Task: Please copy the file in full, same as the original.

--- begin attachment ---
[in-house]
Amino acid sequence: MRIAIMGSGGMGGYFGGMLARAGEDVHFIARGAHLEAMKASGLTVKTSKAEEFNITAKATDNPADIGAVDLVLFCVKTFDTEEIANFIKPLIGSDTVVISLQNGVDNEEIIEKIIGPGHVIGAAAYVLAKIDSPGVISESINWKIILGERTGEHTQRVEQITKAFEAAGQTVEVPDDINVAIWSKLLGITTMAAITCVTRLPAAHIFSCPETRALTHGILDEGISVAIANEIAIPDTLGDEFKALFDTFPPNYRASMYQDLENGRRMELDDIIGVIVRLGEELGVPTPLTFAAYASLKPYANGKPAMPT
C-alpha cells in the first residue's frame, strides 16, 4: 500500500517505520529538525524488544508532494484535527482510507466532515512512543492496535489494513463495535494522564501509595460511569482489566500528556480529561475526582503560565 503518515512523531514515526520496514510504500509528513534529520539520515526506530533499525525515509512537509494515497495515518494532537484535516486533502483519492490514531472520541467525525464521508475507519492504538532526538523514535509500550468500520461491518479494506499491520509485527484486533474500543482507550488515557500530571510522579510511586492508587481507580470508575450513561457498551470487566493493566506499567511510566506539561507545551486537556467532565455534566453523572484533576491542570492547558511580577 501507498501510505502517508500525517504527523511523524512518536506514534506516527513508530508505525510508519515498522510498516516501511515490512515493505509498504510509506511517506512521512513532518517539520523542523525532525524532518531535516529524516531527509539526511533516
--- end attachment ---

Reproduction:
[in-house]
Amino acid sequence: MRIAIMGSGGMGGYFGGMLARAGEDVHFIARGAHLEAMKASGLTVKTSKAEEFNITAKATDNPADIGAVDLVLFCVKTFDTEEIANFIKPLIGSDTVVISLQNGVDNEEIIEKIIGPGHVIGAAAYVLAKIDSPGVISESINWKIILGERTGEHTQRVEQITKAFEAAGQTVEVPDDINVAIWSKLLGITTMAAITCVTRLPAAHIFSCPETRALTHGILDEGISVAIANEIAIPDTLGDEFKALFDTFPPNYRASMYQDLENGRRMELDDIIGVIVRLGEELGVPTPLTFAAYASLKPYANGKPAMPT
C-alpha cells in the first residue's frame, strides 16, 4: 500500500517505520529538525524488544508532494484535527482510507466532515512512543492496535489494513463495535494522564501509595460511569482489566500528556480529561475526582503560565 503518515512523531514515526520496514510504500509528513534529520539520515526506530533499525525515509512537509494515497495515518494532537484535516486533502483519492490514531472520541467525525464521508475507519492504538532526538523514535509500550468500520461491518479494506499491520509485527484486533474500543482507550488515557500530571510522579510511586492508587481507580470508575450513561457498551470487566493493566506499567511510566506539561507545551486537556467532565455534566453523572484533576491542570492547558511580577 501507498501510505502517508500525517504527523511523524512518536506514534506516527513508530508505525510508519515498522510498516516501511515490512515493505509498504510509506511517506512521512513532518517539520523542523525532525524532518531535516529524516531527509539526511533516